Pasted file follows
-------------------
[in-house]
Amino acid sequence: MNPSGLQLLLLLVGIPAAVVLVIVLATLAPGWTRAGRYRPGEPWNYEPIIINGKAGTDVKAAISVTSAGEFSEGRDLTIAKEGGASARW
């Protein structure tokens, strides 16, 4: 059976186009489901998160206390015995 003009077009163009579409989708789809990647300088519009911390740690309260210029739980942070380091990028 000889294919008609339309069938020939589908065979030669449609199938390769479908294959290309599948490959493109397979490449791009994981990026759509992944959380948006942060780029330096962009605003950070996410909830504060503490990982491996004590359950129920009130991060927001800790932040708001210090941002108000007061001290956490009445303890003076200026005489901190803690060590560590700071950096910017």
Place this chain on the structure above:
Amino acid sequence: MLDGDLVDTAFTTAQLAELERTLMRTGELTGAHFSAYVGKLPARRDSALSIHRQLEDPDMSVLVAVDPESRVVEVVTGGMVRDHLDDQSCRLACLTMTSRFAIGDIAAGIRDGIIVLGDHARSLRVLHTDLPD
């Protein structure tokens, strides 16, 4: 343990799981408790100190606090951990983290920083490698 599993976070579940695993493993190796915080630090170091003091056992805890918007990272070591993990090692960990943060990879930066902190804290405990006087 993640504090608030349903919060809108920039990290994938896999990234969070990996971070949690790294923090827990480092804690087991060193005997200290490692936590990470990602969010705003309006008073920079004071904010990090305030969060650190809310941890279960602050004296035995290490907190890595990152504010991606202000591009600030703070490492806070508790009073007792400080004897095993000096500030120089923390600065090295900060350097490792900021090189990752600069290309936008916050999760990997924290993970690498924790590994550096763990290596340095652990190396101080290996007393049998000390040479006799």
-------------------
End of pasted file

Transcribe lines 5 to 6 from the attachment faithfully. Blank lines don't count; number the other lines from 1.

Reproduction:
Amino acid sequence: MLDGDLVDTAFTTAQLAELERTLMRTGELTGAHFSAYVGKLPARRDSALSIHRQLEDPDMSVLVAVDPESRVVEVVTGGMVRDHLDDQSCRLACLTMTSRFAIGDIAAGIRDGIIVLGDHARSLRVLHTDLPD
């Protein structure tokens, strides 16, 4: 343990799981408790100190606090951990983290920083490698 599993976070579940695993493993190796915080630090170091003091056992805890918007990272070591993990090692960990943060990879930066902190804290405990006087 993640504090608030349903919060809108920039990290994938896999990234969070990996971070949690790294923090827990480092804690087991060193005997200290490692936590990470990602969010705003309006008073920079004071904010990090305030969060650190809310941890279960602050004296035995290490907190890595990152504010991606202000591009600030703070490492806070508790009073007792400080004897095993000096500030120089923390600065090295900060350097490792900021090189990752600069290309936008916050999760990997924290993970690498924790590994550096763990290596340095652990190396101080290996007393049998000390040479006799």